China’s cannabis industry growing but prohibition persists

China has a latent contradiction between its industrial use of cannabis and the maintenance of stringent anti-cannabis laws. The world leader in hemp production, it produces about a third of the world’s hemp and exports significant quantities to the United States. Although it shows a growing economic interest in the plant, its consumption remains a social taboo.

China – Israel partnership to be discussed

Last week, China sent a delegation to Israel. Including agricultural entrepreneurs and researchers, the Chinese delegation is expected to meet with its Israeli counterparts working in the medical cannabis industry. This visit marks the intention to initiate scientific collaboration between the two governmental sectors, according to A. Shmulewitz, CEO of Therapix Biosciences Ltd, who is accompanying the Chinese group. His company, based on the outskirts of Jerusalem, is working on the development of pharmaceutical products composed of cannabinoids.

The delegation will meet the eminent figures in research and industry who are currently working to create new products and discover new therapeutic applications for the plant. Israel is a world leader in cannabis R&D. About 70 Israeli startups are currently developing cannabis-related technologies or products. Moreover, the country’s government has just approved an export law. On the other hand, thanks to its large hemp production, a dynamic business sector, and many scientists, China has the potential to become a super-powerful cannabis power. It could greatly benefit from Israeli expertise in this field.

Chinese cannabis factory

China’s cannabis industry fast growth

Despite the taboo on cannabis in China, Chinese companies are already positioned to reach foreign markets in Europe and America. In the Xishuangbanna Industrial Eco-Park in Yunnan Province, for example, CannAcubed produces CBD and hemp clothing for export to Europe. The Chinese investors stock market analysis site also announced that it was investing in the XiBiDi laboratory, which is to produce cosmetics and pharmaceutical products based on CBD. Chinese investors have also launched their own website which is responsible for delivering products containing CBD to all countries where it is legal. With the legalization of hemp at the federal level in the United States, the American CBD market promises to explode.

Chinese companies are also looking to develop new pharmaceutical products for patenting. Beijing-based investment firm HIG announced a partnership with the army to create CBD-based products that could treat post-traumatic stress disorder. The demand for such a product is extremely high in the United States, where veterans have been campaigning for several years to obtain cannabis legalization as a medical treatment. HIG has also partnered with Health International Industry Group, a Hong Kong-based pharmaceutical company, to develop new cannabis drugs. “We estimate that the sector will become an industry of 90 billion yuan (15 billion US dollars) for China within five years,” says HIG President Lan Bin.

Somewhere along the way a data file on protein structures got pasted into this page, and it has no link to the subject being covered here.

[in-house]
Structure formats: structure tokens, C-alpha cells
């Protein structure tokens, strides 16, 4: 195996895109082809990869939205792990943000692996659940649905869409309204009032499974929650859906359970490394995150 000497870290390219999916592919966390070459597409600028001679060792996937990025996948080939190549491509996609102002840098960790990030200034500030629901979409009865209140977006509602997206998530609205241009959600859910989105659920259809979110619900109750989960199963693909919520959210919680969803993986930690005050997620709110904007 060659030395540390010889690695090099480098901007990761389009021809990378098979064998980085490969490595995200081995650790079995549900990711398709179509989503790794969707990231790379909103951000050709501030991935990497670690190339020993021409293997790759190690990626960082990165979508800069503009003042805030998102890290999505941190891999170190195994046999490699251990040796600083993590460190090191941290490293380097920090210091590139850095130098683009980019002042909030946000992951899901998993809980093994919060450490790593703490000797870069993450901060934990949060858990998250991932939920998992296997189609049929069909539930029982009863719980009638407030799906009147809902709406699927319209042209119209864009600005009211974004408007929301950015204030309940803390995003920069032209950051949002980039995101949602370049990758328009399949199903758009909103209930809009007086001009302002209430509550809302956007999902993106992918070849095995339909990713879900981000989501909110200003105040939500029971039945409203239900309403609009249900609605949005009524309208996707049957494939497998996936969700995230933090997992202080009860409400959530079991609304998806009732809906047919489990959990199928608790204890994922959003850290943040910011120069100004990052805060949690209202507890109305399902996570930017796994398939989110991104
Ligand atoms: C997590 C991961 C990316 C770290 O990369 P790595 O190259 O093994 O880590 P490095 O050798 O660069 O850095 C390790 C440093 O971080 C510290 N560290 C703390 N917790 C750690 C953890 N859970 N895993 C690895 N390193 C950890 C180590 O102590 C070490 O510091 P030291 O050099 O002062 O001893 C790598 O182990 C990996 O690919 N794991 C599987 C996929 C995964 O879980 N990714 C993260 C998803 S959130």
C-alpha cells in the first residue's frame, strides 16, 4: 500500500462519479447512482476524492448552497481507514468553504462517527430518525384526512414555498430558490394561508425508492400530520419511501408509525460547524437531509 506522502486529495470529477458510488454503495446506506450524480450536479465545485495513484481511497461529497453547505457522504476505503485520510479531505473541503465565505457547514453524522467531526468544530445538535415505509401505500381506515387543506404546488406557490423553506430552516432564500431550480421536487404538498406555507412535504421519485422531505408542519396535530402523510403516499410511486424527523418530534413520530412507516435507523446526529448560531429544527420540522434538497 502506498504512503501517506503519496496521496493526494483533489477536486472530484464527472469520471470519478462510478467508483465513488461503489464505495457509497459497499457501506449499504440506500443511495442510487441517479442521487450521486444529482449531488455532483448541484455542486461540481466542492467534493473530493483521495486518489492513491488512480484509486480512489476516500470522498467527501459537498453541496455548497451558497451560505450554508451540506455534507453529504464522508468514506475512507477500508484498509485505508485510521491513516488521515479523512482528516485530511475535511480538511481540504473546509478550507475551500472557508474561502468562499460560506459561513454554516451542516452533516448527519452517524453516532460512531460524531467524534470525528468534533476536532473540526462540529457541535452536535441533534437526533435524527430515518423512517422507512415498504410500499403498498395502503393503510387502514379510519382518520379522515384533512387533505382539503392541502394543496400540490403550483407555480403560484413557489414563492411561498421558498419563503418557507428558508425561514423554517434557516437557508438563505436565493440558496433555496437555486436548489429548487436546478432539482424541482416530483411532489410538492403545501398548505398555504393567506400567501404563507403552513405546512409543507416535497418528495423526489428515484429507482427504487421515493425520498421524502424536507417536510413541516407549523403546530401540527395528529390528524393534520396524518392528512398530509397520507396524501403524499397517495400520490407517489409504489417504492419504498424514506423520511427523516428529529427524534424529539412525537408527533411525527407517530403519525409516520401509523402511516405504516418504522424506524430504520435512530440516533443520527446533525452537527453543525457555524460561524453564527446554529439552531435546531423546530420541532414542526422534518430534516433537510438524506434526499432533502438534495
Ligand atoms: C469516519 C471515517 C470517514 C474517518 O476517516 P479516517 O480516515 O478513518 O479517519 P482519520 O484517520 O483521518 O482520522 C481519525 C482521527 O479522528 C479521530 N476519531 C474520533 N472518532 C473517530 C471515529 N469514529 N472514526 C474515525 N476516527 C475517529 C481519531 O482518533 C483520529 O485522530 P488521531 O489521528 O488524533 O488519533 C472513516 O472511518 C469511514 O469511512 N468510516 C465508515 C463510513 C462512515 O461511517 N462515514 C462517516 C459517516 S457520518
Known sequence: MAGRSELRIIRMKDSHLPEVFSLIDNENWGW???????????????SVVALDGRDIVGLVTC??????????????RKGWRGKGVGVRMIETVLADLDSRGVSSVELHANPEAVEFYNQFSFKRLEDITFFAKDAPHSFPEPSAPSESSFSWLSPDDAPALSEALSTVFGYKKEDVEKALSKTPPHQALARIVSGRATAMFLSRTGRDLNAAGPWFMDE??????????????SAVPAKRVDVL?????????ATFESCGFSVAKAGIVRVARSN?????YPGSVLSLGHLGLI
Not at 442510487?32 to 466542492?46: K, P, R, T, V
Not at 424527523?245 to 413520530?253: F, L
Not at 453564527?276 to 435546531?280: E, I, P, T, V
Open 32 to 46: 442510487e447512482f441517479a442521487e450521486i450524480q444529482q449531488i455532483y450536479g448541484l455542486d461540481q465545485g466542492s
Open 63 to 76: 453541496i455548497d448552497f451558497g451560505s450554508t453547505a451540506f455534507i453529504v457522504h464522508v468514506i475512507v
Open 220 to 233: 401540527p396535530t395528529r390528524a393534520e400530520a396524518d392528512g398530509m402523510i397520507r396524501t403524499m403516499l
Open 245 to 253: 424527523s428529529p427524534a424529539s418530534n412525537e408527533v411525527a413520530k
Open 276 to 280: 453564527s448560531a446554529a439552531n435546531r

China maintains stringent drug laws

Despite China’s emerging cannabis industry, its use (even outside the country) and especially its trafficking remain punishable by stringent laws, including life imprisonment and the death penalty. In a 2017 annual report, Amnesty International estimated that China had executed more people than the rest of the world combined, even though the number of executions remains classified as a state secret. China sometimes conducts public theatrical trials where it stages these convictions. In 2018, the public trial of 10 individuals sentenced to death attracted thousands of Chinese people to a stadium. Of the ten convicted, seven were charged with drug trafficking.

Since 2010, at least a dozen foreigners have been executed in China for drug trafficking. The most recent conviction is that of a 37-year-old Canadian, Robert L. Schellenberg, convicted of drug trafficking in a court in the northern city of Dalian. He had appealed against his first sentence (15 years in prison), but in the context of the deterioration of Chinese Canadian diplomatic relations, he was sentenced to death.

The Chinese attitude is, in some respects, reminiscent of Colombia’s contradictions, but in a much more extreme way. The latter has sought to attract the international cannabis industry and has gradually become a production platform. However, it has recently identified the use of small amounts of cannabis. This kind of posture is a sign of a gap between the economic and social vision of marijuana and shows that a form of liberalism does not necessarily accompany the development of the cannabis industry.

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